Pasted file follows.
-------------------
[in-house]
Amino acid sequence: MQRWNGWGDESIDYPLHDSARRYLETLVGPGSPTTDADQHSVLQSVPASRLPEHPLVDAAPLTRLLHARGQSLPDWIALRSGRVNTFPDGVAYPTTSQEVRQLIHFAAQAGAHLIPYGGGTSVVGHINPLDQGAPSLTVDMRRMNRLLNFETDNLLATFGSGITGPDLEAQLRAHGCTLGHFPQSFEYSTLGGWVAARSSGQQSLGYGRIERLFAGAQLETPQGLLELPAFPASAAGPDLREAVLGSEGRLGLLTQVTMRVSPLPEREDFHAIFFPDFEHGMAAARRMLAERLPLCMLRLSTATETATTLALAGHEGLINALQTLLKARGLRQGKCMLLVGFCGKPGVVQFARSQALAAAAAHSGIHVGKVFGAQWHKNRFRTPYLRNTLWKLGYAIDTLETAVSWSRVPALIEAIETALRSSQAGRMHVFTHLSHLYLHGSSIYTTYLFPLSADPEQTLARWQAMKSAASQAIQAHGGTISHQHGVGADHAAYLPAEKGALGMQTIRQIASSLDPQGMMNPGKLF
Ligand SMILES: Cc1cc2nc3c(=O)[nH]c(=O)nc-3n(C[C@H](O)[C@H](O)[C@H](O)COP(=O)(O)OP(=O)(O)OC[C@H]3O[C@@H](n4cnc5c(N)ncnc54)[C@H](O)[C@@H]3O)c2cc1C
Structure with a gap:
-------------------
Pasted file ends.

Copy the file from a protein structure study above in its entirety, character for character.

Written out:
[in-house]
Amino acid sequence: MQRWNGWGDESIDYPLHDSARRYLETLVGPGSPTTDADQHSVLQSVPASRLPEHPLVDAAPLTRLLHARGQSLPDWIALRSGRVNTFPDGVAYPTTSQEVRQLIHFAAQAGAHLIPYGGGTSVVGHINPLDQGAPSLTVDMRRMNRLLNFETDNLLATFGSGITGPDLEAQLRAHGCTLGHFPQSFEYSTLGGWVAARSSGQQSLGYGRIERLFAGAQLETPQGLLELPAFPASAAGPDLREAVLGSEGRLGLLTQVTMRVSPLPEREDFHAIFFPDFEHGMAAARRMLAERLPLCMLRLSTATETATTLALAGHEGLINALQTLLKARGLRQGKCMLLVGFCGKPGVVQFARSQALAAAAAHSGIHVGKVFGAQWHKNRFRTPYLRNTLWKLGYAIDTLETAVSWSRVPALIEAIETALRSSQAGRMHVFTHLSHLYLHGSSIYTTYLFPLSADPEQTLARWQAMKSAASQAIQAHGGTISHQHGVGADHAAYLPAEKGALGMQTIRQIASSLDPQGMMNPGKLF
Ligand SMILES: Cc1cc2nc3c(=O)[nH]c(=O)nc-3n(C[C@H](O)[C@H](O)[C@H](O)COP(=O)(O)OP(=O)(O)OC[C@H]3O[C@@H](n4cnc5c(N)ncnc54)[C@H](O)[C@@H]3O)c2cc1C
Structure with a gap: